Today is my colleague’s last day of work. I have been working alongside her for the last seven and a half years. Wow. That, in my world is a long time. It might feel longer for her, having had to share an office wall with me and my many quirks over these years. I am, after all, an emotional man who has long ago embraced the need to embrace my emotional experiences. Sometimes that will show itself as my singing loudly to some crazy music I have playing while somewhat dancing in my office chair all the while thinking I am alone in the office.
I really am hard of hearing.
I gave her a copy of my book, “Autobiography of a Stranger”. I know – vain self-promotion but I appreciated the interwoven complexity of the gesture while remaining subtle in its delivery. A book about a stranger she will never know, but does know, sort of, and will come to know some more when she reads the book, which ultimately will lead her to a place where she discovers that she really doesn’t know me after all. I am chuckling to myself as I write that out and in the end if I am the only one who gets the joke I am okay with that.
Tonight the leadership will all meet at a restaurant and will share stories of their interactions with her over the years. We will all enjoy a meal on the company’s dime and then depart. Perhaps a card will be given, maybe even a gift (but if not how awkward), and the social formalities will have been concluded. Our boss, the Executive Director, who is not known for his communication skills, may or may not say something that although may be well-meaning will perhaps present itself as clunky, leaving at least some of us gasping and chuckling under our breath.
It is somewhat weird to me this sub-chapter within a chapter called life. These characters that we interact with in temporary ways. They are not family in that sense, which for good or bad stay with us – even if by association only – for our entire lives. We can’t shake them off and so their character remains constant, popping in and out of our life to provide heartache and comic relief as if on cue. But these temporary characters who only show up in a chapter or two are the ones who bring a richness and a depth to one’s existence and yet they are so temporal, like a foggy morning they envelope you and inform you and then dissipate by noon with no reminder of their existence.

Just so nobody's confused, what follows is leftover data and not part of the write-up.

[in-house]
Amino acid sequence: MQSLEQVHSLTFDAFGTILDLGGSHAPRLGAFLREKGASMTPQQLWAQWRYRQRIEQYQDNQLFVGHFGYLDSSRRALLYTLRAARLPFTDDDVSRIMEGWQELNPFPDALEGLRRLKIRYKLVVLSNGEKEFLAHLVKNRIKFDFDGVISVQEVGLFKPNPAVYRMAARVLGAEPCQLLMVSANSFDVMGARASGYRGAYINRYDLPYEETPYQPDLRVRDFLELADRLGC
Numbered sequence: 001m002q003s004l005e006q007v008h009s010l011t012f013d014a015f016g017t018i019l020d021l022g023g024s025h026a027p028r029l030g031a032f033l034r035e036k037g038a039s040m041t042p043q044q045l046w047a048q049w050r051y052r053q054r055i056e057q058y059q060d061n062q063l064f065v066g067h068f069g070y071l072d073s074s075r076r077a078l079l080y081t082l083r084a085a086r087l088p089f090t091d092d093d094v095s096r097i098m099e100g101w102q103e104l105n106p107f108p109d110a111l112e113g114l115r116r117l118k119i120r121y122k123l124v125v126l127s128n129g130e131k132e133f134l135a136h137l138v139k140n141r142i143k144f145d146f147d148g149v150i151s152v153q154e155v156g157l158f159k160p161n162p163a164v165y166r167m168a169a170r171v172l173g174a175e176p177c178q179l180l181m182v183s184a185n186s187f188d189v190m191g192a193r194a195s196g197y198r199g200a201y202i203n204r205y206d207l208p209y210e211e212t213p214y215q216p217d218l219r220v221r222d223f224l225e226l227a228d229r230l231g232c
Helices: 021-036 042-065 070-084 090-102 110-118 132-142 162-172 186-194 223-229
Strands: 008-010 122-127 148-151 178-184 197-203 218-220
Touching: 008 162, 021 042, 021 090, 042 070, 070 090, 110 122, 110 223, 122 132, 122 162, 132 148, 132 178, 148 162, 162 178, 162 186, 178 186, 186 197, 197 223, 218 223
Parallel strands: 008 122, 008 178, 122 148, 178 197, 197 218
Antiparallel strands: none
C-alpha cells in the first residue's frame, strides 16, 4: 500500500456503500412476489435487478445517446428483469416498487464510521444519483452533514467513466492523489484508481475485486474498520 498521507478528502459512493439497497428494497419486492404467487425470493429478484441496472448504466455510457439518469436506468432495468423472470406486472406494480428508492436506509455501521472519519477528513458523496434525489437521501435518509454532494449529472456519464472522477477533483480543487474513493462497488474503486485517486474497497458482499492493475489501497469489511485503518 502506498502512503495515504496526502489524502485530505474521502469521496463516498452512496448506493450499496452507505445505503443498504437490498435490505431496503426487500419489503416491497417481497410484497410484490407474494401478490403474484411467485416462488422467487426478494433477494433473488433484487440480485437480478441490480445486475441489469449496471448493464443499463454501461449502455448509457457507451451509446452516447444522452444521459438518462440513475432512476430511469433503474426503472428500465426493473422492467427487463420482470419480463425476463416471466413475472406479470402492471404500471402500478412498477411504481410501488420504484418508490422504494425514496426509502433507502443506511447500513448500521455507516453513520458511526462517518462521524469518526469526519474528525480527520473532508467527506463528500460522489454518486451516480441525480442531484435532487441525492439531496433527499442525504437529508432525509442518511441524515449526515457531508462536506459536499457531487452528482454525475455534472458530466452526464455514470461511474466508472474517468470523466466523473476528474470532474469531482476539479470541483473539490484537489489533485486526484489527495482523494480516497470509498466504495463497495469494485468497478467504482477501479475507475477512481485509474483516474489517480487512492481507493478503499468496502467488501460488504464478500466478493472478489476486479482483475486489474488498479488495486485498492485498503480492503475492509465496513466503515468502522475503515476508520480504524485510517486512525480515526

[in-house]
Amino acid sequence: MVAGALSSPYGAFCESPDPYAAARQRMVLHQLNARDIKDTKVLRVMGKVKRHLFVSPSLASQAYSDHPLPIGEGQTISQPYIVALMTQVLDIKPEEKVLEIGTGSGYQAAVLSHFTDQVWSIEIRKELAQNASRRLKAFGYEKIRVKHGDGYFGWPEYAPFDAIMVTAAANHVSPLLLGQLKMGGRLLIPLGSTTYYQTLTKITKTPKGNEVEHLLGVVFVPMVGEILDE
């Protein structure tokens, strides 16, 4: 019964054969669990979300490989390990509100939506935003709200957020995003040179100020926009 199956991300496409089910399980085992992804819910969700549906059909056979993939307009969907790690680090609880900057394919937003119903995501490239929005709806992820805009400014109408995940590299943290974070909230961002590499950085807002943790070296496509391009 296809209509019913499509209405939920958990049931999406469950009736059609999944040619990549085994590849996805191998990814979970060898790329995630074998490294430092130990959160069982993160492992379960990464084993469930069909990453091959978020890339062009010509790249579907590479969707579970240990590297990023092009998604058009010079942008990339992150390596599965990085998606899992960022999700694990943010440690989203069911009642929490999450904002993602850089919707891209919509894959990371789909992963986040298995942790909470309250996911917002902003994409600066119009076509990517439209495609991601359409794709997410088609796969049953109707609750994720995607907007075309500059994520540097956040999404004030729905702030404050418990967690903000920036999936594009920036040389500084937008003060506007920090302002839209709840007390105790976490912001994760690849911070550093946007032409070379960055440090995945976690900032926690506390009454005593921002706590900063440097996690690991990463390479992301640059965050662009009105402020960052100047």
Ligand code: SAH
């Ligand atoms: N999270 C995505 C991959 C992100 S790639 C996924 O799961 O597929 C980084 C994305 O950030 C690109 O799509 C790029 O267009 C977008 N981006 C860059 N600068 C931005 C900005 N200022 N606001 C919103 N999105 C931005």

She has a name that is not important to you but she has become a character in my book. She has a laugh that can stop traffic – loud, shrill and concise. Only one HA! to be precise. It is a spontaneous thing that requires so much body effort to produce yet she has honed that skill well for her entire life. There have only been a couple times over these last almost eight years that the moment was so intensely funny to her that she allowed herself more than one HA! The walls shook at the thunderous roar and I lost my footing in the moment.
When she is not around I blame her laugh on my increased hearing loss.
She is a card-carrying “gluten-free” member having been diagnosed with celiac disease. In the early days we would be out for our ‘executive lunch’ (my children like to refer to my job as a ‘professional lunch-eater’) and my colleague would order something off the menu and then flash her “get out of gluten-fee” card to the server. It was a whole big thing and we would tease her incessantly about it. Unfortunately there is nothing to tease as the disease is real and the pain she felt when having consumed something with hidden gluten in it was also far too real. This is probably my regret over the years – teasing her about this card of hers. I’ll get over it though.
Well friend. It has been a slice. Thanks for being a character in my life. Thanks for the listening ear. Thanks for the safe place to vent and thanks for the HA! We now venture out in completely different directions doing completely different things but I appreciated the journey from there to here.